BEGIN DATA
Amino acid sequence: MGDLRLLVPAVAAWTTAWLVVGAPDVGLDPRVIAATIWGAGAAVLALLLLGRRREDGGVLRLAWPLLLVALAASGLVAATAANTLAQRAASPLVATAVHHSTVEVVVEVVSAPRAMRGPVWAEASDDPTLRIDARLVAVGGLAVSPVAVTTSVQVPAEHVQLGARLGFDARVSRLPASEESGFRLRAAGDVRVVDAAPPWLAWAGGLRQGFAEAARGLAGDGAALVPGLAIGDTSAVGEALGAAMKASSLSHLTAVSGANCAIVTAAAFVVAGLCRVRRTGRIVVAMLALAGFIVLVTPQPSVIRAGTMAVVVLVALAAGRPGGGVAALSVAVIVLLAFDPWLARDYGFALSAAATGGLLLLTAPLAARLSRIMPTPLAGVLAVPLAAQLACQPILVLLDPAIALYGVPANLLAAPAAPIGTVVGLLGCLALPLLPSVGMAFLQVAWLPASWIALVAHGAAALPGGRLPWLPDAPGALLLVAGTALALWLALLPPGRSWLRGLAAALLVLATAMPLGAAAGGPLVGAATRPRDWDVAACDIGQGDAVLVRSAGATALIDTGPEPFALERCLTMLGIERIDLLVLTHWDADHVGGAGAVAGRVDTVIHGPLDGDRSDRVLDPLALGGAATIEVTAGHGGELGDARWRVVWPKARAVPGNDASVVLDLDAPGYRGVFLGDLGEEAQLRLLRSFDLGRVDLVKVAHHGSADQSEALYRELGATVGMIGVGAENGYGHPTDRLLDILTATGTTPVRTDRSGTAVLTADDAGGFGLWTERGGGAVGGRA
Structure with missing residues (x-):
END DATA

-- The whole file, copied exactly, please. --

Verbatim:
Amino acid sequence: MGDLRLLVPAVAAWTTAWLVVGAPDVGLDPRVIAATIWGAGAAVLALLLLGRRREDGGVLRLAWPLLLVALAASGLVAATAANTLAQRAASPLVATAVHHSTVEVVVEVVSAPRAMRGPVWAEASDDPTLRIDARLVAVGGLAVSPVAVTTSVQVPAEHVQLGARLGFDARVSRLPASEESGFRLRAAGDVRVVDAAPPWLAWAGGLRQGFAEAARGLAGDGAALVPGLAIGDTSAVGEALGAAMKASSLSHLTAVSGANCAIVTAAAFVVAGLCRVRRTGRIVVAMLALAGFIVLVTPQPSVIRAGTMAVVVLVALAAGRPGGGVAALSVAVIVLLAFDPWLARDYGFALSAAATGGLLLLTAPLAARLSRIMPTPLAGVLAVPLAAQLACQPILVLLDPAIALYGVPANLLAAPAAPIGTVVGLLGCLALPLLPSVGMAFLQVAWLPASWIALVAHGAAALPGGRLPWLPDAPGALLLVAGTALALWLALLPPGRSWLRGLAAALLVLATAMPLGAAAGGPLVGAATRPRDWDVAACDIGQGDAVLVRSAGATALIDTGPEPFALERCLTMLGIERIDLLVLTHWDADHVGGAGAVAGRVDTVIHGPLDGDRSDRVLDPLALGGAATIEVTAGHGGELGDARWRVVWPKARAVPGNDASVVLDLDAPGYRGVFLGDLGEEAQLRLLRSFDLGRVDLVKVAHHGSADQSEALYRELGATVGMIGVGAENGYGHPTDRLLDILTATGTTPVRTDRSGTAVLTADDAGGFGLWTERGGGAVGGRA
Structure with missing residues (x-):